Our Town by Thornton Wilder. Directed by James Naughton. Set and costume design by Tony Walton. Lighting design by Richard Pilbrow. Sound design by Raymond D. Schilke. Cast: Jayne Atkinson, Wendy Barrie-Wilson, Reathel Bean, John Braden, Tom Brennan, Kieran Campion, Frank Converse, Jane Curtin, Patch Darragh, Jeffrey DeMunn, Mia Dillon, Conor Donovan, Ben Fox, Kristen Hahn, Carter Jackson, Maggie Lacey, Stephen Mendillo, Paul Newman, Jake Robards, Stephen Spinella, TJ Sullivan, Cynthia Wallace, Travis Walters.
One of the best Christmas presents you're likely to find this year is currently ensconced at the Booth Theatre. While it never would have arrived there without the help of the Westport Country Playhouse, we can all be thankful for the bountiful gifts Thornton Wilder provided for us in his 1938 play, Our Town, that this new revival allows us to unwrap all over again.
James Naughton has done a generally respectable job of directing this production, though it's his deference to the quiet brilliance of Wilder's play that proves his most successful endeavor here. It can be easy to forget the simple magic theatre is capable of creating when so many Broadway houses are filled with soulless star vehicles or overly glitzy musical spectacles. Yet Our Town is one play that uses theatricality to its fullest, most engaging extent, stripping away most of the physical trappings in favor of the emotional commitment and honesty that are the core of all theatre. Bringing out those aspects of the script are what Naughton does best.
Naughton understood implicitly that this isn't a concept for any one production, but rather that the concept and the show are one in the same. He points up Wilder's metaphor at every opportunity, and misses none of the juice to be found: The Booth becomes a town hall in early 1900s Grover's Corners, New Hampshire during the first act when performers, in the guise of audience members, appear in the house (with the house lights up) directing questions to people onstage. Likewise, the seating for the second act wedding seems to melt right into the Booth audience, and the third act graveyard turns the audience into departed souls acting as silent observers, much as the group of actors who occupy one portion of the stage at that point does.
To watch Our Town as Naughton has directed it is to truly become a part of it, to identify with the "anytown" aspect that Grover's Corners exhibits. But Wilder, in painting his broader picture, doesn't shy away from specificity. He embraces the detail found in the simplest, most every day occurrences, be they mundane activities, joy, or sorrow, focusing on one in subject in each of the play's three acts. The first act introduces us to George Gibbs (Ben Fox) and Emily Webb (Maggie Lacey), the second follows their courtship and marriage, and the third tackles the last (yet not least significant) aspect of life: death.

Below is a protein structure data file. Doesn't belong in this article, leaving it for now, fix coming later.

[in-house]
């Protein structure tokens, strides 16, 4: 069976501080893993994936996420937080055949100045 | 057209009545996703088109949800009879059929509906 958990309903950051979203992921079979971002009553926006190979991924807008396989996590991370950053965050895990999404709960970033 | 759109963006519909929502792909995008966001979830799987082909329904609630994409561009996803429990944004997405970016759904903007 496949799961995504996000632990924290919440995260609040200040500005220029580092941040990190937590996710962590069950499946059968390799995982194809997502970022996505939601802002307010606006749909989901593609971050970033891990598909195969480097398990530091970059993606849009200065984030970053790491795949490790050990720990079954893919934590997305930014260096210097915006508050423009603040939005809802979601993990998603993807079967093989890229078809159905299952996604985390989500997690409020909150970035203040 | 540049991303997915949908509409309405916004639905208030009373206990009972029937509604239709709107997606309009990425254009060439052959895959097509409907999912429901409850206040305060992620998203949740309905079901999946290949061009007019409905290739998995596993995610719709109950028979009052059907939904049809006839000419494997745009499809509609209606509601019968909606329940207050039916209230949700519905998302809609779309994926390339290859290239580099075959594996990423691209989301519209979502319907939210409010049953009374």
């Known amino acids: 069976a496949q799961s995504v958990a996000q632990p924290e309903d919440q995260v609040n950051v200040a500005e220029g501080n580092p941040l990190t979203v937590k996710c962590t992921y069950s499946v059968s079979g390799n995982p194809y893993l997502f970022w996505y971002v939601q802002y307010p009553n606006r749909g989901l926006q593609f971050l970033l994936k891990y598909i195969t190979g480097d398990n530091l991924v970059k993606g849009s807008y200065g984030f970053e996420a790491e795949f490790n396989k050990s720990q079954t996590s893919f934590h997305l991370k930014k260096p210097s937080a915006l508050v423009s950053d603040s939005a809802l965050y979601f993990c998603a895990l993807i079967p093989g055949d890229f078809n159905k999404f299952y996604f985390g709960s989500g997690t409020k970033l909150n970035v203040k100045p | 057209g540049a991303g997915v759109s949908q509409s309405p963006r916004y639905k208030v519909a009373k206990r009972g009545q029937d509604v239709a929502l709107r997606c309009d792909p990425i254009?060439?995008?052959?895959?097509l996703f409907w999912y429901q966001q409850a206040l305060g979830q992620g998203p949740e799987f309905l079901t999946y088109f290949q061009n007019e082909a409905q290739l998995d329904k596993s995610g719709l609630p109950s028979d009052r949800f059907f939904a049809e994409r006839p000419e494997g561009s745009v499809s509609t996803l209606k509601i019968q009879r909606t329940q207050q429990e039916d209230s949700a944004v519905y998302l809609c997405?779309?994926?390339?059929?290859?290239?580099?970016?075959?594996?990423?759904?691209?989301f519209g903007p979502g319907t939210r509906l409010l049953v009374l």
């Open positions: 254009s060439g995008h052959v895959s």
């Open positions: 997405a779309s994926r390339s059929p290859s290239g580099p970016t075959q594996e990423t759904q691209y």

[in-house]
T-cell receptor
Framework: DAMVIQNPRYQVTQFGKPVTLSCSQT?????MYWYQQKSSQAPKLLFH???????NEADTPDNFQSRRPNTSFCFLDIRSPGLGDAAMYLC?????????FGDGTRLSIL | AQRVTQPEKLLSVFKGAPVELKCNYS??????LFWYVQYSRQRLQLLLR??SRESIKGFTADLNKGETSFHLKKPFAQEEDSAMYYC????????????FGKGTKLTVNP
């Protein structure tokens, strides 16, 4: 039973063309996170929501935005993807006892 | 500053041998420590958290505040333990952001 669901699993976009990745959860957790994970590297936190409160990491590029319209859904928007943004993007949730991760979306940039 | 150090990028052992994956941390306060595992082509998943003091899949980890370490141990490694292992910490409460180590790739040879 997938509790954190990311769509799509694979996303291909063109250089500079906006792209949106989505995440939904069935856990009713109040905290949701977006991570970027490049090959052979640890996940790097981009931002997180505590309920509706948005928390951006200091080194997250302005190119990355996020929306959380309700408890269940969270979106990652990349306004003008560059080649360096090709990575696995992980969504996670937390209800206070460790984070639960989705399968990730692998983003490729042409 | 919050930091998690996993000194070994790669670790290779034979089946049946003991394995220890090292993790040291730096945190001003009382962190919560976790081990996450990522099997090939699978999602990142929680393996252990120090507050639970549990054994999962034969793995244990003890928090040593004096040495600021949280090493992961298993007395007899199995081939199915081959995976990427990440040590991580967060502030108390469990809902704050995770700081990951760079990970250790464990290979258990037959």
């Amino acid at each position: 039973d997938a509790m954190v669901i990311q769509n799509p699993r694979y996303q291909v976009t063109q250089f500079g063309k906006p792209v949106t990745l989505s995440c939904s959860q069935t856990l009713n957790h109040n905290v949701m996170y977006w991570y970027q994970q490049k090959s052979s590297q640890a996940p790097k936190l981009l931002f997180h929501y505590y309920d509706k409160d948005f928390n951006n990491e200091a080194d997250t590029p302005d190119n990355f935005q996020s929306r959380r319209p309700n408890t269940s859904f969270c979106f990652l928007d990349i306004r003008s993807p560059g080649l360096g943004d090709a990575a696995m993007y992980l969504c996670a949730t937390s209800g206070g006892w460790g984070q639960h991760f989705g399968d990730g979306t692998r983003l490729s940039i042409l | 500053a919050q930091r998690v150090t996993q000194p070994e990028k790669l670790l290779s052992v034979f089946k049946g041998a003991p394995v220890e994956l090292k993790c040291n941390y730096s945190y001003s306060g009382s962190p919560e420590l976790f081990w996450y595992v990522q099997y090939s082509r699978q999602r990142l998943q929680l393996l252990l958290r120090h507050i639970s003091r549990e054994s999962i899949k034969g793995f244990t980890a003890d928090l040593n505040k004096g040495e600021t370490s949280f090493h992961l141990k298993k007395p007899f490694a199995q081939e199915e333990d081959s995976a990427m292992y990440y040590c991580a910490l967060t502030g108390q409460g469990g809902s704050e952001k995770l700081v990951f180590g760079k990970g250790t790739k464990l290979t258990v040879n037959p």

Overseeing all of this - indeed, watching over and calling the cues for life itself - is the Stage Manager, played here by Paul Newman. He possesses an instantly comforting sense of fatherly familiarity, never overplaying or drawing focus, he's the star who doesn't act like one. The only other "name" performer is Jane Curtin, who, likewise, delivers what's required of her role as Emily's mother, providing a warmth and gentle comic timing, but never overstepping her bounds.
The other performers are similarly muted, and that's the one major drawback with this Our Town - none of the performers are really exciting. They're generally well cast in their roles, and all give more than acceptable performances within which they find occasional opportunities to shine, but their portrayals across the board are solid, not special. For many of the minor roles, this is okay, but Fox and Lacey, while both excellent in the play's final (and most emotional) act, have difficulty believably creating the younger versions of their characters early on.
This, like Naughton's inexplicable decision to perform the show with only one intermission instead of two, hurts the balance of the show a bit. Though the show's primary messages are present and the show itself looks exactly like it should (thanks to Tony Walton's correctly sparse sets and Richard Pilbrow's lighting), there's never a spark present to help the production reach that next transcendent level that Our Town is truly capable of.
Had Naughton been able to not only fully realize the play's underlying concept of theatre as life, but been able to help more of the actors find greater definition in the characters who must embody it, this Our Town would have been a superb production. As it stands, this production - which is thoroughly professional in every important respect - is merely good. But when the play being performed is as rich as Our Town, that's still well above average.